[Spellyans] Spelling and linguistics - Yes

Chris Parkinson brynbow at btinternet.com
Tue Jun 22 08:13:52 BST 2010

Thankyou for your reply, Michael. The problem with writing "ow" and saying 
you should pronounce it schwa is that most people, on seeing "ow" 
immediately pronounce it "oh", the old UC pronounciation. KK, UCR, RLC, 
Lhuyd, KS and  SWF on the other hand all describe this diphthong as starting 
from a short form of the vowel in English 'for', 'law' etc gliding to 'w'. 
The English diphthong in "oh", "boat" etc. starts from schwa and glides to 
'w'. Does this matter? It gets worse when the English "oh" pronunciation is 
transferred to Cornish words ending in "o" which does not represent a 
diphthong at all. But I speak from a Welsh perspective. Here, the use of the 
English sound system when speaking Welsh or just used in place names, can be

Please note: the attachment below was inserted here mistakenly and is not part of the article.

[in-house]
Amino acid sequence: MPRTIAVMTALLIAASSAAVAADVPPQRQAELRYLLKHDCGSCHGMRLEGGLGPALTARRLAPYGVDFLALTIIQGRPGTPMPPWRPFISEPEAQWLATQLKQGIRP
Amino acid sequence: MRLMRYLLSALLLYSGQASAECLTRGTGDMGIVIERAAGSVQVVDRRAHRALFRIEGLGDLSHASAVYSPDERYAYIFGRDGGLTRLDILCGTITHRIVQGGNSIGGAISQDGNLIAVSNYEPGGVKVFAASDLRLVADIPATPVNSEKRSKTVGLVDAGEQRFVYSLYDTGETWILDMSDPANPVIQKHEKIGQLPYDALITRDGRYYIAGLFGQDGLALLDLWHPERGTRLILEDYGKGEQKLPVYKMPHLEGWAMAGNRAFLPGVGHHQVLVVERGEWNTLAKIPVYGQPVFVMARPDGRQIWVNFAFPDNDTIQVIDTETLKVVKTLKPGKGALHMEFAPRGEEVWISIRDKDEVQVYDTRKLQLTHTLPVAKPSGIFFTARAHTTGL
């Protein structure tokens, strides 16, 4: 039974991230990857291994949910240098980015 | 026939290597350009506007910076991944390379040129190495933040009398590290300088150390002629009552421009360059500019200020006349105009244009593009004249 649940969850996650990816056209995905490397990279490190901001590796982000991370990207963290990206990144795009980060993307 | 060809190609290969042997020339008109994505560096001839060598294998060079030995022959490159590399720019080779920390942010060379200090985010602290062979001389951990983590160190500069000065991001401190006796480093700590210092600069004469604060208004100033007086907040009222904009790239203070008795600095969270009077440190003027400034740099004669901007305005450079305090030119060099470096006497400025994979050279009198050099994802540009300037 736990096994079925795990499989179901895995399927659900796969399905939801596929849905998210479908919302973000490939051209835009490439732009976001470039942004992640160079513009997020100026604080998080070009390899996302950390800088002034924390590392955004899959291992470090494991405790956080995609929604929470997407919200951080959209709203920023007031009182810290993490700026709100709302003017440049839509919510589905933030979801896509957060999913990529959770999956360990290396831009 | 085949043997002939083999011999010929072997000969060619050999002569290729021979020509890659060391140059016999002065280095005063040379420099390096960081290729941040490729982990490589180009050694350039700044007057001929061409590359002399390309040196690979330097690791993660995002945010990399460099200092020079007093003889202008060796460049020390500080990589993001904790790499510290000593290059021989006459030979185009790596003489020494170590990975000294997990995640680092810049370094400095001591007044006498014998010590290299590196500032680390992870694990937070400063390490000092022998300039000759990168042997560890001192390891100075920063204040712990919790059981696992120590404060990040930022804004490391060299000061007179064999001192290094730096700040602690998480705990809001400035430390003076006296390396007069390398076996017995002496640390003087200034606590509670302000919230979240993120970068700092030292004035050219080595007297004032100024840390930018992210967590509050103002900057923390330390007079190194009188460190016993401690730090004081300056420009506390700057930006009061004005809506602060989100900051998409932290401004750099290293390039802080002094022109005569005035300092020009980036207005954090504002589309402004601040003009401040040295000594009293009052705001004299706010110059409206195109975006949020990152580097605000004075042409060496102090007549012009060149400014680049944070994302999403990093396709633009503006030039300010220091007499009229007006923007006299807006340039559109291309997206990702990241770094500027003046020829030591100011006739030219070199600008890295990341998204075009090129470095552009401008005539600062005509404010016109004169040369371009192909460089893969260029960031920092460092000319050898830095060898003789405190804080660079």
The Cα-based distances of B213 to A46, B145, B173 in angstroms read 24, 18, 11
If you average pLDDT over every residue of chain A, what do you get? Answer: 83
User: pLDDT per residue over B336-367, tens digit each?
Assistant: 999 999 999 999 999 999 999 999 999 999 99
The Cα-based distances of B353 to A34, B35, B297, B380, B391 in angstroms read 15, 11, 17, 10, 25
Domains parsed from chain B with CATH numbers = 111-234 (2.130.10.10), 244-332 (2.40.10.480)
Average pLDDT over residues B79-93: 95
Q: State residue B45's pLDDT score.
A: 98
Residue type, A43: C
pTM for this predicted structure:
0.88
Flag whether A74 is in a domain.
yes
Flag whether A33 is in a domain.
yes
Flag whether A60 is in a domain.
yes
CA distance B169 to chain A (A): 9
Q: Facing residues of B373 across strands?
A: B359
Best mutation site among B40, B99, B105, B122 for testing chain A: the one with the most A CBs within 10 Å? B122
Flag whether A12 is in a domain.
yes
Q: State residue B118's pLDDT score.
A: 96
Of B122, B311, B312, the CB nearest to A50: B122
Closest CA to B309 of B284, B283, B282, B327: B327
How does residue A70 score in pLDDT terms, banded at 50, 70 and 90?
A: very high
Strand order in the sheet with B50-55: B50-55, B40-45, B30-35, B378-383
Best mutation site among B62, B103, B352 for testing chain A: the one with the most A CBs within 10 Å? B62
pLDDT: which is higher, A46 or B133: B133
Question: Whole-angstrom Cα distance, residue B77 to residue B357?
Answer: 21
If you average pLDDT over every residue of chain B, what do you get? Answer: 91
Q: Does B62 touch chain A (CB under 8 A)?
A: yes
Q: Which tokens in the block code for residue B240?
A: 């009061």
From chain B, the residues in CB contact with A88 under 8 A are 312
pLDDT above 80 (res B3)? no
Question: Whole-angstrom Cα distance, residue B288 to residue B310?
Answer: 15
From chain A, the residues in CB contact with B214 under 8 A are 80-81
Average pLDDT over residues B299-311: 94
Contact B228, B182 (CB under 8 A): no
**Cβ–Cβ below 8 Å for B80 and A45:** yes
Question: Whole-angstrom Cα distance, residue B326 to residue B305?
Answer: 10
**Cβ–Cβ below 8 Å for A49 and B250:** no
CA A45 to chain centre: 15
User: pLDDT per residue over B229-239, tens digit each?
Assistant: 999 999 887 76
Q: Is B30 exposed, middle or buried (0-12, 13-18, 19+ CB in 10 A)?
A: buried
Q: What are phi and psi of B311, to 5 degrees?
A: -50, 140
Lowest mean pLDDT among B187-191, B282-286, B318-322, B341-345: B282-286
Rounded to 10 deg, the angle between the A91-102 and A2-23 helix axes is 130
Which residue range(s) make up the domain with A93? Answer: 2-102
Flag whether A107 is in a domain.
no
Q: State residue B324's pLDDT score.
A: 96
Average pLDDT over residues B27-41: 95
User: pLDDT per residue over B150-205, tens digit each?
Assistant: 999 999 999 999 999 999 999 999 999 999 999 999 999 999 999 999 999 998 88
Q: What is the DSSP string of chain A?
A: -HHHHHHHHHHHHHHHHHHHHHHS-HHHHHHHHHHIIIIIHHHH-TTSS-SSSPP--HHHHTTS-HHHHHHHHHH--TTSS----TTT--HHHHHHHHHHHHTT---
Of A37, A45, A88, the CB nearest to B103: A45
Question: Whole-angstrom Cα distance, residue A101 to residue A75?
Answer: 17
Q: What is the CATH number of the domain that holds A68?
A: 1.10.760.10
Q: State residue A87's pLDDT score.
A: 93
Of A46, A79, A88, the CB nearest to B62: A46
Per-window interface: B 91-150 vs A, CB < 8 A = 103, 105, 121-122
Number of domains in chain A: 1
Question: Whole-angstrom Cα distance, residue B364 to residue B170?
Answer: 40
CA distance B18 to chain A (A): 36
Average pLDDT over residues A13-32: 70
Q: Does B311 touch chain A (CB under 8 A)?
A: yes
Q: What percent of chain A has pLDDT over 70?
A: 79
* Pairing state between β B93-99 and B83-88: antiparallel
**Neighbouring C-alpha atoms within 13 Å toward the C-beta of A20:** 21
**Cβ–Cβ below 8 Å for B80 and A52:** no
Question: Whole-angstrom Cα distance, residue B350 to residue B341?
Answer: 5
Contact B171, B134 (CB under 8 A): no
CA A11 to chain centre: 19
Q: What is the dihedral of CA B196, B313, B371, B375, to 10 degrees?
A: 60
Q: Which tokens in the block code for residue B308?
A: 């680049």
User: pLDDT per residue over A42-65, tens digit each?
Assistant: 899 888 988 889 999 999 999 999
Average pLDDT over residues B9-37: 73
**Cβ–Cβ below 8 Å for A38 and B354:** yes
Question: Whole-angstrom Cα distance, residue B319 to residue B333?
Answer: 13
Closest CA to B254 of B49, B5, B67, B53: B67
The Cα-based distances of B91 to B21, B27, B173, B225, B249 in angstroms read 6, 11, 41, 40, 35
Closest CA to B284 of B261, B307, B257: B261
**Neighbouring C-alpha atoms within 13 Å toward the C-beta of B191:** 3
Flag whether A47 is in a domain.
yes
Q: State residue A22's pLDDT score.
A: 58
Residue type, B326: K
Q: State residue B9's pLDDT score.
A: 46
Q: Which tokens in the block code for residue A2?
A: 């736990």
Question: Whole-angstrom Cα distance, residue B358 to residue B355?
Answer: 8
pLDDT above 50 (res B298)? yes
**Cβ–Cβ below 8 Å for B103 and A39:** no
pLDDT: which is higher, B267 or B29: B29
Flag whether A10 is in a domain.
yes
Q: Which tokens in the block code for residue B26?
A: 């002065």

considered something of an insult.

----- Original Message ----- 
From: "Michael Everson" <everson at evertype.com>
To: "Standard Cornish discussion list" <spellyans at kernowek.net>
Sent: Saturday, June 19, 2010 7:56 PM
Subject: Re: [Spellyans] Spelling and linguistics - Yes

> On 15 Jun 2010, at 09:25, Chris Parkinson wrote:
>> What for example is to happen to the verbal particle 'ow'? RLC leaves it 
>> out or reduces it to 'a'.  Would this be acceptable using SWF, or in 
>> using KS for that matter.
> In my opinion you should either write it "ow" and pronounce it schwa, or 
> drop entirely if you wish to show that it has been dropped in speech. I do 
> not like re-spelling it "o'" or "a".
> Michael Everson * http://www.evertype.com/
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